The beluga (Huso huso) is a species of anadromous fish in the sturgeon family (Acipenseridae) of order Acipenseriformes. It is found primarily in the Caspian and Black Sea basins, and occasionally in the Adriatic Sea. Heavily fished for the female’s valuable roe””known as beluga caviar””the beluga is a large, maximum 19 feet (6 meters), slow-growing and late-maturing fish that can live for 150 years. The species’ numbers have been greatly reduced by over-fishing or poaching, prompting many governments to enact restrictions on its trade.
IUCN classifies the beluga as Endangered. It is a protected species and any intentional killing of these fish is prohibited.
The United States Fish and Wildlife Service has banned imports of beluga caviar and other beluga products from the Caspian Sea since October 7, 2005.
The Beluga is a large predator which feeds on other fish. Beluga sturgeons are fish, entirely unrelated to mammalian beluga whales. The word derives from the Russian word for white.
Unconfirmed reports suggest that Belugas may reach a length of up to 28.22 ft (8.6 m) and weigh as much as 5,952.5 lbs (2,700 kg), making them the largest freshwater fish in the world. However, some scientists still consider the Mekong giant catfish to be the largest freshwater fish, owing to sturgeons’ ability to survive in seawater.
The beluga travels up freshwater rivers to breed, as do all sturgeons. In this manner sturgeons are sometimes likened to sea fish, though most scientists still consider them river fish.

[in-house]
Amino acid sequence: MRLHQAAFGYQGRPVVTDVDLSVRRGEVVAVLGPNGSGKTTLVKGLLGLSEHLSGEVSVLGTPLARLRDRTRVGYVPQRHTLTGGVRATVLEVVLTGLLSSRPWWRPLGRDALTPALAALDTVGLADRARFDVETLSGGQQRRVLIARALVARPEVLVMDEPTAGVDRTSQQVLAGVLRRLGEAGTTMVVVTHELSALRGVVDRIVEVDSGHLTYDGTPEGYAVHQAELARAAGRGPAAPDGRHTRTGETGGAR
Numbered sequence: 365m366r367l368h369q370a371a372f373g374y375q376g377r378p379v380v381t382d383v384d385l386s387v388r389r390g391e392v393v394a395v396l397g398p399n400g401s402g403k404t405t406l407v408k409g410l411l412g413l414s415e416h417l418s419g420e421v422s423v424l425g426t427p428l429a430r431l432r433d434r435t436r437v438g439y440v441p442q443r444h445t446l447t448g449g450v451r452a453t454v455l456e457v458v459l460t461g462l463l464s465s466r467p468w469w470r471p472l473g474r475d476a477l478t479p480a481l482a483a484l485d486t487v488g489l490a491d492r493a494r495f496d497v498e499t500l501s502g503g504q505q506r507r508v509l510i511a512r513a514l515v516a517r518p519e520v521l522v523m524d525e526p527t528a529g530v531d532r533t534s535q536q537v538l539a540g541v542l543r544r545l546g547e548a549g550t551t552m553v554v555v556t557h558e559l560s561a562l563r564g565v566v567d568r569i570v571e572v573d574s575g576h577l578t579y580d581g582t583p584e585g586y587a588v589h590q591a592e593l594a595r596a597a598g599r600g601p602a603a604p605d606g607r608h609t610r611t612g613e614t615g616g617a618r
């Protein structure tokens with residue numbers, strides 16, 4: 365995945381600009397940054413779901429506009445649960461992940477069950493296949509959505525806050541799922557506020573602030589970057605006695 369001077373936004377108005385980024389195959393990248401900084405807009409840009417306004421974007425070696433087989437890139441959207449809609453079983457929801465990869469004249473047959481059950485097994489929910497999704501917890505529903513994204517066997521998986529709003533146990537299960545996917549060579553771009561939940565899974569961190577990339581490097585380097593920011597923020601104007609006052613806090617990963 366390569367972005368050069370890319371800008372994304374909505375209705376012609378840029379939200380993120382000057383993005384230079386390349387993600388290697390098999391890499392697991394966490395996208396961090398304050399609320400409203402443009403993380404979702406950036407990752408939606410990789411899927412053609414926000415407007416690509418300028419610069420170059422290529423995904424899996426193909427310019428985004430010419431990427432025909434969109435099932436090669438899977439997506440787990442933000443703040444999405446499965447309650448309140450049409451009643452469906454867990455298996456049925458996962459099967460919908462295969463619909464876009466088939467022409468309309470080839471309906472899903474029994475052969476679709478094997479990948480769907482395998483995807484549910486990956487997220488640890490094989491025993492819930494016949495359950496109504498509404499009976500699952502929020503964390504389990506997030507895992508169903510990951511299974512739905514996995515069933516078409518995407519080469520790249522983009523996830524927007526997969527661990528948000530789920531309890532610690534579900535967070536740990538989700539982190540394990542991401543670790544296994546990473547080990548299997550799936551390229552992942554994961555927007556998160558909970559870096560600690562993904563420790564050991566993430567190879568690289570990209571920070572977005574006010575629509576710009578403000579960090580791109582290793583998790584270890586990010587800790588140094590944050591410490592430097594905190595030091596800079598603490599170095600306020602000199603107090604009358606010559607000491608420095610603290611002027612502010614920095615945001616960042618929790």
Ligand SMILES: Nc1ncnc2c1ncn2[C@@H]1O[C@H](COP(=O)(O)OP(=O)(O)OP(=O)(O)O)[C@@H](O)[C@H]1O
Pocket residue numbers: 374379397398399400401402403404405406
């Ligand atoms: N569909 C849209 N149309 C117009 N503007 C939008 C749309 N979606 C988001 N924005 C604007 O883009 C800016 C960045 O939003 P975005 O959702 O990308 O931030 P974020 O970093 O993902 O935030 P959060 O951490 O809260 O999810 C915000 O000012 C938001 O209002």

Beluga caviar is considered a delicacy worldwide. The meat of the beluga, on the other hand, is not particularly renowned.
Humans adversely affect Beluga populations by harvesting beluga caviar. When in the open, the beluga’s enemies include killer whales, sharks and perhaps sperm whale.
The Beluga sturgeon is bulky for a sturgeon. Though the largest Belugas are larger than the biggest Mekong catfish, but an average beluga is smaller than an average Mekong catfish. While the beluga rules the rivers that it lives, being larger than most species of crocodile, when young, it is potential prey for brown bears, crocodiles and adult sturgeons. In egg stage, it has even more enemies, as it is possible that, like tadpoles and sharks, the baby belugas may eat beluga eggs. Despite its huge size, there has been no case of a beluga attacking or killing a human. Even babies have not been attacked by belugas. Even human property (handbags, clothes, boats etc) have not been attacked by belugas, regardless of the beluga’s size. In fact, the smaller pirarucu has been known to eat children, though this is rare. However, it is also true belugas don’t eat prey large in comparison to their body size; humans may be too large, and their babies are usually under their protection. The same applies for other sturgeons.